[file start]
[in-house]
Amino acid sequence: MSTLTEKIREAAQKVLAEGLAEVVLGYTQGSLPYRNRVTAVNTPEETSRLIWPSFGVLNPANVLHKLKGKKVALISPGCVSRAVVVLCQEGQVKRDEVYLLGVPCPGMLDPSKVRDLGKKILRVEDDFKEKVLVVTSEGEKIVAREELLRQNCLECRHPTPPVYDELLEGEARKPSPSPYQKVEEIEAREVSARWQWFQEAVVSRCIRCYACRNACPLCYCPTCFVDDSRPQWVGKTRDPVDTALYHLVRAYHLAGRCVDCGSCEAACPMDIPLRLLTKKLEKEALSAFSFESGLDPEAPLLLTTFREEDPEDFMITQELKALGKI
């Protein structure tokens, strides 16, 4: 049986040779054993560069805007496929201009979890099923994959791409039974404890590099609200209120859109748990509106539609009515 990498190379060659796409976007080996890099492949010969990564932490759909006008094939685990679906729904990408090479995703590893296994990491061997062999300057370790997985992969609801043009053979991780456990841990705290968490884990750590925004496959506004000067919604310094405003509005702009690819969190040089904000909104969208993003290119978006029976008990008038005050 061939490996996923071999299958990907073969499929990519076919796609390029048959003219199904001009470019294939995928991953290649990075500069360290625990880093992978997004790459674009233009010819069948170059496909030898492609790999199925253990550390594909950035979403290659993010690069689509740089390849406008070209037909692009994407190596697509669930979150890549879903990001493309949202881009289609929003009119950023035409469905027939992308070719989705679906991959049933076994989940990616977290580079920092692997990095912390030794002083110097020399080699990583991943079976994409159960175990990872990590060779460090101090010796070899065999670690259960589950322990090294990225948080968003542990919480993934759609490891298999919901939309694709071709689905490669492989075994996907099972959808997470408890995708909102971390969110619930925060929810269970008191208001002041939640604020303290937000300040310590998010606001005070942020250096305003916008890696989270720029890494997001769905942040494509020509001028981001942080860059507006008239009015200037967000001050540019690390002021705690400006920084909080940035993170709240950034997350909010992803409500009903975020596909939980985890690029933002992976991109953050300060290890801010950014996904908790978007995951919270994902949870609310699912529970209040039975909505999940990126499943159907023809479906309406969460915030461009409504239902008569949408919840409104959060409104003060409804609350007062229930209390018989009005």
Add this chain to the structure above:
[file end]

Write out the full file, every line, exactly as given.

[in-house]
Amino acid sequence: MSTLTEKIREAAQKVLAEGLAEVVLGYTQGSLPYRNRVTAVNTPEETSRLIWPSFGVLNPANVLHKLKGKKVALISPGCVSRAVVVLCQEGQVKRDEVYLLGVPCPGMLDPSKVRDLGKKILRVEDDFKEKVLVVTSEGEKIVAREELLRQNCLECRHPTPPVYDELLEGEARKPSPSPYQKVEEIEAREVSARWQWFQEAVVSRCIRCYACRNACPLCYCPTCFVDDSRPQWVGKTRDPVDTALYHLVRAYHLAGRCVDCGSCEAACPMDIPLRLLTKKLEKEALSAFSFESGLDPEAPLLLTTFREEDPEDFMITQELKALGKI
């Protein structure tokens, strides 16, 4: 049986040779054993560069805007496929201009979890099923994959791409039974404890590099609200209120859109748990509106539609009515 990498190379060659796409976007080996890099492949010969990564932490759909006008094939685990679906729904990408090479995703590893296994990491061997062999300057370790997985992969609801043009053979991780456990841990705290968490884990750590925004496959506004000067919604310094405003509005702009690819969190040089904000909104969208993003290119978006029976008990008038005050 061939490996996923071999299958990907073969499929990519076919796609390029048959003219199904001009470019294939995928991953290649990075500069360290625990880093992978997004790459674009233009010819069948170059496909030898492609790999199925253990550390594909950035979403290659993010690069689509740089390849406008070209037909692009994407190596697509669930979150890549879903990001493309949202881009289609929003009119950023035409469905027939992308070719989705679906991959049933076994989940990616977290580079920092692997990095912390030794002083110097020399080699990583991943079976994409159960175990990872990590060779460090101090010796070899065999670690259960589950322990090294990225948080968003542990919480993934759609490891298999919901939309694709071709689905490669492989075994996907099972959808997470408890995708909102971390969110619930925060929810269970008191208001002041939640604020303290937000300040310590998010606001005070942020250096305003916008890696989270720029890494997001769905942040494509020509001028981001942080860059507006008239009015200037967000001050540019690390002021705690400006920084909080940035993170709240950034997350909010992803409500009903975020596909939980985890690029933002992976991109953050300060290890801010950014996904908790978007995951919270994902949870609310699912529970209040039975909505999940990126499943159907023809479906309406969460915030461009409504239902008569949408919840409104959060409104003060409804609350007062229930209390018989009005």
Add this chain to the structure above: